Rethinking the Rethink Sugary Drink campaign
1 JANUARY 2003
CSU doctoral student Mr Darren Powell believes the Rethink Sugary Drink campaign launched recently across Australia may actually be playing into the hands of the beverage industry.
Charles Sturt University (CSU) doctoral student Mr Darren Powell believes the Rethink Sugary Drink campaign launched recently across Australia may actually be playing into the hands of the beverage industry.
Mr Powell believes the Rethink Sugary Drink campaign by Diabetes Australia, the Cancer Council, and the Heart Foundation, is not that different from Coke's new ad campaign in the United States.
“The beverage companies are well-aware of their tainted image and are now moving to promote themselves as healthy corporations with healthy products. Both the Rethink Sugary Drink campaign and Coke campaign simply say: If you don't want to get fat, choose low calorie/no calorie options and then you will be healthy,” he said.
“The Rethink Sugary Drink website informs schools to change the products in vending machines and canteens, rather than asking schools to remove all purchasable beverages, or better still asking the students and school community to discuss and debate the issue. From an education perspective, teaching children that Coke is bad, but Coke Zero is good is not an ideal model of school-based health education or health promotion. If anything, children may learn that the way to good health is simply choosing the ‘correct’ Coke products and not being fat. In this way, I don’t see that the beverage industry would actually be too concerned about the effects of the Rethink Sugary Drink campaign on their profit line.”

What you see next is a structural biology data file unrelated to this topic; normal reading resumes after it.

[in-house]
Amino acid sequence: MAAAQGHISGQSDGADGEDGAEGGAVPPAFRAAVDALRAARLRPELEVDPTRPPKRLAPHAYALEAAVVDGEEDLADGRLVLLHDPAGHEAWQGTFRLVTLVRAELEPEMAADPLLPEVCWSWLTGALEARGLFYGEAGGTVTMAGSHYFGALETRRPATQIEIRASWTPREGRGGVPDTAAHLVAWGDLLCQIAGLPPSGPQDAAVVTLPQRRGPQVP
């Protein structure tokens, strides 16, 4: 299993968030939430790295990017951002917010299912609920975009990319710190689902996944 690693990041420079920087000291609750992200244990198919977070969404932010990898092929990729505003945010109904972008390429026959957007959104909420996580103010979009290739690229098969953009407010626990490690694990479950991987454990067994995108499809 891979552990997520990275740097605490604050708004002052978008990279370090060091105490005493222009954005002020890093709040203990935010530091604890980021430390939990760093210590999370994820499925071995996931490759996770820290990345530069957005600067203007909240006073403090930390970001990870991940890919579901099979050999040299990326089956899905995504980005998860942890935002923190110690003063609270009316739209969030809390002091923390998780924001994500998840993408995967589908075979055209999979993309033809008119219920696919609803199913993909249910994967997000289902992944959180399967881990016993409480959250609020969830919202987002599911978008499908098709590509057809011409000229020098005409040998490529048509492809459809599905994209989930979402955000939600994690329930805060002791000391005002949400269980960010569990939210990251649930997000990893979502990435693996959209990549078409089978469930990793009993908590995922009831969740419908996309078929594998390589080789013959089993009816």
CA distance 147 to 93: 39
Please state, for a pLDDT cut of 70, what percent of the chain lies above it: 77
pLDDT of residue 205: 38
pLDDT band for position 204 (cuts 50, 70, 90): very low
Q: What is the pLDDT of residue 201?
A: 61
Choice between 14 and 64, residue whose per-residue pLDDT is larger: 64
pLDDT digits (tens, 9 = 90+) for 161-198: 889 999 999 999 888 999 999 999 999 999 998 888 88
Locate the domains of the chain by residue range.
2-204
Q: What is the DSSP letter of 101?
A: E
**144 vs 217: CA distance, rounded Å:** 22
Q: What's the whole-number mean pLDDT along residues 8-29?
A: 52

Based in New Zealand, Mr Powell is a doctoral student in the School of Human Movement Studies in the Faculty of Education. The title of his thesis is Blurring the boundaries: Corporations, marketing and primary schools in the fight against childhood obesity. Through his research, he critically examines the reasons schools give for choosing to use corporate obesity programs, how these programs are implemented and experienced, and how they are understood by the children and adults who participate in them.
According to Mr Powell, both campaigns reiterate the assumption that being fat is inherently unhealthy. “There is evidence that being fat is not necessarily bad or unhealthy”, he said. “The issue I have with this line of thinking, that fat people are unhealthy, is that if a fat person is ill they can then be blamed for their own greed, laziness and lack of responsibility.”
“On the other side of the coin, thin or ‘healthy weight’ people may see themselves and other thin people as ‘naturally’ healthy, and don’t need to heed the advice to reduce their consumption of sugary drinks or challenge the assumption that health is all about your body size, shape and weight. When health is seen as purely a matter of energy balance and fat-avoidance, other understandings of health and what a healthy body may look like are marginalised. For instance, the view that health is not just about physical well-being, but social, emotional, mental, and spiritual well-being also. This is what health means to me.”
The Rethink Sugary Drinks campaign at least acknowledges there are other factors than just self-control that influence people's consumption and recommends changes that need to be made in terms of accessibility, cost and taxation, and marketing, he said.